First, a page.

Green Terror Sick? 7/12/05 Hello Guys, I need to ask a question here. I have a male green terror & have had him for about 10  months now. I bought him when he was a baby, 3 inches long, and he is now a healthy 7 inches long, 3 inches from top to bottom and about 1-1/2 inches thick. A real bruiser.  He used to eat everything in sight, always coming to the top of the tank to greet me and see what I brought him. But for the past week, he is just laying around, and I have not seen him eating anything. He is in the tank (150 gallons) with 1 female red terror, 3 Frontosas, and 2 clown loaches, and 4 small Cory cats. Nobody is showing any aggression, <Not at least that you've seen...> not out of the normal anyway. He has not lost any color, or any weight, but for the life of me, I cannot figure out what the problem is. I checked all of my water parameters, and everything is just perfect. I do have a sand bottom, (sand blasting sand). It has never presented a problem, and I have live plants growing like weeds in there. All I have seen him do is move from one location in the morning, to a different one at night. He does not come up to the top anymore, or even go midway up. A friend of mine told me that cichlids grow like the dickens until a certain point, then they slow down considerably, and just sit around. <Mmm, to some extent this is so> The food I have been feeding all this time has been beef heart, bloodworms, nightcrawlers, small guppies ( occasionally ) Mysis shrimp, pieces of thawed shrimp, mussels, and some pieces of krill. <A good mix> It just seems like he has lost the will to function anymore. He doesn't act like he has a parasite or anything, no jerking, twitching, or thrashing around, just sits on the bottom, and does nothing. I fear if he keeps this up, he will eventually be found floating from having died during the night. All of the other fish are as normal as ever. What can I do to save my prized fish? I thank you for any advice you have. Your website has been a godsend for other information I have needed, and I do appreciate you guys. Nervous about my fish. Dan Simpson <Well, "when in doubt... do a water change". I would take out and replace a good 25% of your system water here, add some liquid vitamins to the water, the foods of the day... and hope for the best. If the fish doesn't eat in another week or so, I'd try moving it to another system... perhaps there is some interaction going on... Bob Fenner>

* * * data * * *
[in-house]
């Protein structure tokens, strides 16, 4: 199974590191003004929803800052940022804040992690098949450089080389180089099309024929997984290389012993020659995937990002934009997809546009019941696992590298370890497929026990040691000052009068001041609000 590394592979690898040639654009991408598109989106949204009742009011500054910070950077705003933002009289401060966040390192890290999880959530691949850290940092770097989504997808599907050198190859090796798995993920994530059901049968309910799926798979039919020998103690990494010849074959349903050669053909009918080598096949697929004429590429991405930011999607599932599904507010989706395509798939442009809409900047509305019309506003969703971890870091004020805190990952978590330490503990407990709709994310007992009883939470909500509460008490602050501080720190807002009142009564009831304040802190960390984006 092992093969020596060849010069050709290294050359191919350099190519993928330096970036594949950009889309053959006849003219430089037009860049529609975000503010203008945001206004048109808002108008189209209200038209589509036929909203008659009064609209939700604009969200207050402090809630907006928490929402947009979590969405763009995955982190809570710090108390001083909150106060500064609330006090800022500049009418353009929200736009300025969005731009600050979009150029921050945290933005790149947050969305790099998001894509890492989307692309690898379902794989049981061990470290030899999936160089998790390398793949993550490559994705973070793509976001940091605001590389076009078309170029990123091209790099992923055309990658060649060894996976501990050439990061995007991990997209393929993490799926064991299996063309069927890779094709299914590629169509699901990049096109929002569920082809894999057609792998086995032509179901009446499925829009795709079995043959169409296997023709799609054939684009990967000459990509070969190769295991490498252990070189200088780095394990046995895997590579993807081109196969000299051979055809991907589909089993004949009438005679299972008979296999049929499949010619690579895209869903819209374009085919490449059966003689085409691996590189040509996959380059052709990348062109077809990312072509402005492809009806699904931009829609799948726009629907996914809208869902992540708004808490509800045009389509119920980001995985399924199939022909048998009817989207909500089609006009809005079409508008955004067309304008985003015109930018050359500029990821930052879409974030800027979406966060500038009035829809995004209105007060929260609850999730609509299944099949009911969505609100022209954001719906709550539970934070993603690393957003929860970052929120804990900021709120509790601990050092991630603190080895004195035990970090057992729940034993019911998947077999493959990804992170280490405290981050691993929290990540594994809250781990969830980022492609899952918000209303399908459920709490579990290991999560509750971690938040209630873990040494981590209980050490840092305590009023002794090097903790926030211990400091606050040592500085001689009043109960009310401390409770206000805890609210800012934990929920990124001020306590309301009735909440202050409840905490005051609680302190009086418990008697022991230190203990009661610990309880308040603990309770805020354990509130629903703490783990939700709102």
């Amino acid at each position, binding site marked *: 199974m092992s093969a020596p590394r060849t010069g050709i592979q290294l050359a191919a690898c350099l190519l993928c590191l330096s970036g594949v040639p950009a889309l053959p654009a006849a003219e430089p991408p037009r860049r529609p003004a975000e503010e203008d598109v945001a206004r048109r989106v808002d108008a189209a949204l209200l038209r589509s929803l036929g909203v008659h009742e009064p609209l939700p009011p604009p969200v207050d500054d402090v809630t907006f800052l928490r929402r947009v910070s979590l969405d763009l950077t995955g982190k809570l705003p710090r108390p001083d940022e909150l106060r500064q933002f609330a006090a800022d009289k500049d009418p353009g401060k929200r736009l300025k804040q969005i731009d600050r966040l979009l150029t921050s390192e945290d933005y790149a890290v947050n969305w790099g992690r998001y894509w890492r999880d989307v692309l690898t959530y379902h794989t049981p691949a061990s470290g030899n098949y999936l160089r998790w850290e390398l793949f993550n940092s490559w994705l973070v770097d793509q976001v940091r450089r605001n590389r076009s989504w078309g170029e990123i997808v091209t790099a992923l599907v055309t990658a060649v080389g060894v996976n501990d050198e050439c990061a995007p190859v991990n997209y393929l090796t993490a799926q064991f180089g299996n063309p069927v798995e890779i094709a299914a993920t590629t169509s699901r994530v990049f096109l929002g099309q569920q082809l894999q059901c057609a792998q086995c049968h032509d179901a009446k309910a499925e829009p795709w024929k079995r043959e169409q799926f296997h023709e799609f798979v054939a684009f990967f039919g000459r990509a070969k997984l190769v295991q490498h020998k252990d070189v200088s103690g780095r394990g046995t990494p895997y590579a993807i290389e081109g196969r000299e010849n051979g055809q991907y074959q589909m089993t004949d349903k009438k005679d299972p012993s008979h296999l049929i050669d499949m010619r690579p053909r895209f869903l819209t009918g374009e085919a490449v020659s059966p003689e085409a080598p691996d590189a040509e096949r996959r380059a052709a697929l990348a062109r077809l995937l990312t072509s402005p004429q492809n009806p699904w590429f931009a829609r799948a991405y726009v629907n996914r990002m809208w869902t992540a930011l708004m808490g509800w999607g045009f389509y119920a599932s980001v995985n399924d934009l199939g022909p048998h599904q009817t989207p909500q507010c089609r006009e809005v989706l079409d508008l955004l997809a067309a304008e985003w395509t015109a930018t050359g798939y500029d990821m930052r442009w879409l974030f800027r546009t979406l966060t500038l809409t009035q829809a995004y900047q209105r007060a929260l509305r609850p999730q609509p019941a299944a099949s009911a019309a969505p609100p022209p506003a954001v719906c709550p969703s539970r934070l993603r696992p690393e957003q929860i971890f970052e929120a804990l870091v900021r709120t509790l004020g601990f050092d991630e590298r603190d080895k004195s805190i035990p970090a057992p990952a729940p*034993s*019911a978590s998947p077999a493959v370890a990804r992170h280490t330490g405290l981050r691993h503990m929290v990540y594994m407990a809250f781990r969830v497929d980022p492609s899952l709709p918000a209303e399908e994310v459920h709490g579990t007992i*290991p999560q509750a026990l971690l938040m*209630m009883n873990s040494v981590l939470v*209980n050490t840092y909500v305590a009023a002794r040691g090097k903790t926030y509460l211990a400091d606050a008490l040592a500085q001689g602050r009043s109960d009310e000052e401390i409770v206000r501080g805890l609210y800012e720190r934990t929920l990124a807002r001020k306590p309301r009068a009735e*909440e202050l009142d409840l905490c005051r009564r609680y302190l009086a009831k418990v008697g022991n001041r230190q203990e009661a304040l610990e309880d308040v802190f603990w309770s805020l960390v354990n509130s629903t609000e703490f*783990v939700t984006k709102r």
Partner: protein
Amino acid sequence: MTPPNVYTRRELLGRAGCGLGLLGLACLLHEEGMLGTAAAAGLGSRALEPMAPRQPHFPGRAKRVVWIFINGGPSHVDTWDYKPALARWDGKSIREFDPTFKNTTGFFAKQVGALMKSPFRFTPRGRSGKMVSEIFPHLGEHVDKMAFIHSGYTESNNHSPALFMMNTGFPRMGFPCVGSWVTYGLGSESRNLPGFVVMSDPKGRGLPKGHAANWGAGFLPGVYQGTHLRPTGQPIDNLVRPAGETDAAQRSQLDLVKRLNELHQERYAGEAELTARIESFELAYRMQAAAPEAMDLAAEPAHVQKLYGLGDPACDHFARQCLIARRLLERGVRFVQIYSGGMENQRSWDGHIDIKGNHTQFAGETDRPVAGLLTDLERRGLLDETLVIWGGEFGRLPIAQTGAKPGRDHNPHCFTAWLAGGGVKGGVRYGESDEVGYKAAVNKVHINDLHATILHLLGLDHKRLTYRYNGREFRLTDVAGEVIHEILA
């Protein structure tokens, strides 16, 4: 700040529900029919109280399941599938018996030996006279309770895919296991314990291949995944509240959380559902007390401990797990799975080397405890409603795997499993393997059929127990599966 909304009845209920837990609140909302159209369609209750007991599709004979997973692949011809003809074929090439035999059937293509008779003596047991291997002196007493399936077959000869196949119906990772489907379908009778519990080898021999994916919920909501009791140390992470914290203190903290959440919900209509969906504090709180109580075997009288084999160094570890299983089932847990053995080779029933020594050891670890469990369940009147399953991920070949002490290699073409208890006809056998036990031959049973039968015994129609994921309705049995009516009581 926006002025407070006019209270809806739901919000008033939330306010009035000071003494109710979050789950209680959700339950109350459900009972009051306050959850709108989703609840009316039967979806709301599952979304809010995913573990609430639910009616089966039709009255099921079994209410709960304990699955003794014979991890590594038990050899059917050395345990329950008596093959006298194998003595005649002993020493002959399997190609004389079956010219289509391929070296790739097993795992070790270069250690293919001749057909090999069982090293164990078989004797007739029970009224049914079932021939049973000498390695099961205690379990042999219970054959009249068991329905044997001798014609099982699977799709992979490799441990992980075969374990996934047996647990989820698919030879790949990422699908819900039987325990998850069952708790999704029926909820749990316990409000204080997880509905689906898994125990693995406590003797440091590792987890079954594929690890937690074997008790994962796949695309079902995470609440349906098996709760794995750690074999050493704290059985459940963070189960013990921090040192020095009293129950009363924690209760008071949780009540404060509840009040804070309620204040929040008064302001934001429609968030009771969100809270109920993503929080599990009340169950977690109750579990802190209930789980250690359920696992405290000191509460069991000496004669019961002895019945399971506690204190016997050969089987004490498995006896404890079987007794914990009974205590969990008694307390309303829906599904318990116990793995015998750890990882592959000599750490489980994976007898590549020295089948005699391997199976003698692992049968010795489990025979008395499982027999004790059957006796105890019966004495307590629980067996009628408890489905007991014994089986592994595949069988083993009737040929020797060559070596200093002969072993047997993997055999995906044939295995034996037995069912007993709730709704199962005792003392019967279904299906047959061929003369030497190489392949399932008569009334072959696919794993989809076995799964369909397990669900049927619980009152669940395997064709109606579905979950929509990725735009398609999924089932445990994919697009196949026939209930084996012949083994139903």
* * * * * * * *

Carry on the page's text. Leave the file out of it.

Cichlid rubbing several of my cichlids are rubbing against things what should I do? <Do a 30 % water change and service the filter. When you change the water try and vacuum the gravel to remove the crud that has accumulated there. Check the nitrates too. Add a teaspoon of rock salt per 10 gallons of water to aid the fishes to create a protective slime on their skin.-Chuck>

Re: Parrot cichlid extremely bloated-can you please help? Thank you!  I actually treated the tank last night with Paragon II, which treats many different kinds of bacteria and is supposed to be especially effective on the cichlid family.  I have used it before to treat ich and white spot. I changed about 25% of the water, prior to treating, per the instructions and will change it again after treatment. I will get some fresh food too.   I keep the tank clean, and partially change the water regularly, so the water wasn't dirty but it could be the food or temp.  I did notice the temp a few degrees higher than I usually keep it, so I may have bumped the heater and turned it up by accident.  I will gradually drop it down a couple degrees to see if that helps too.  Thank you so much for the response and advice.  I really appreciate it!   Great website by the way!  < Check the label for the medications in the paragon II. Metronidazole is very effective on anaerobic bacteria. Hope this helps and thanks for your kind words about the website.-Chuck>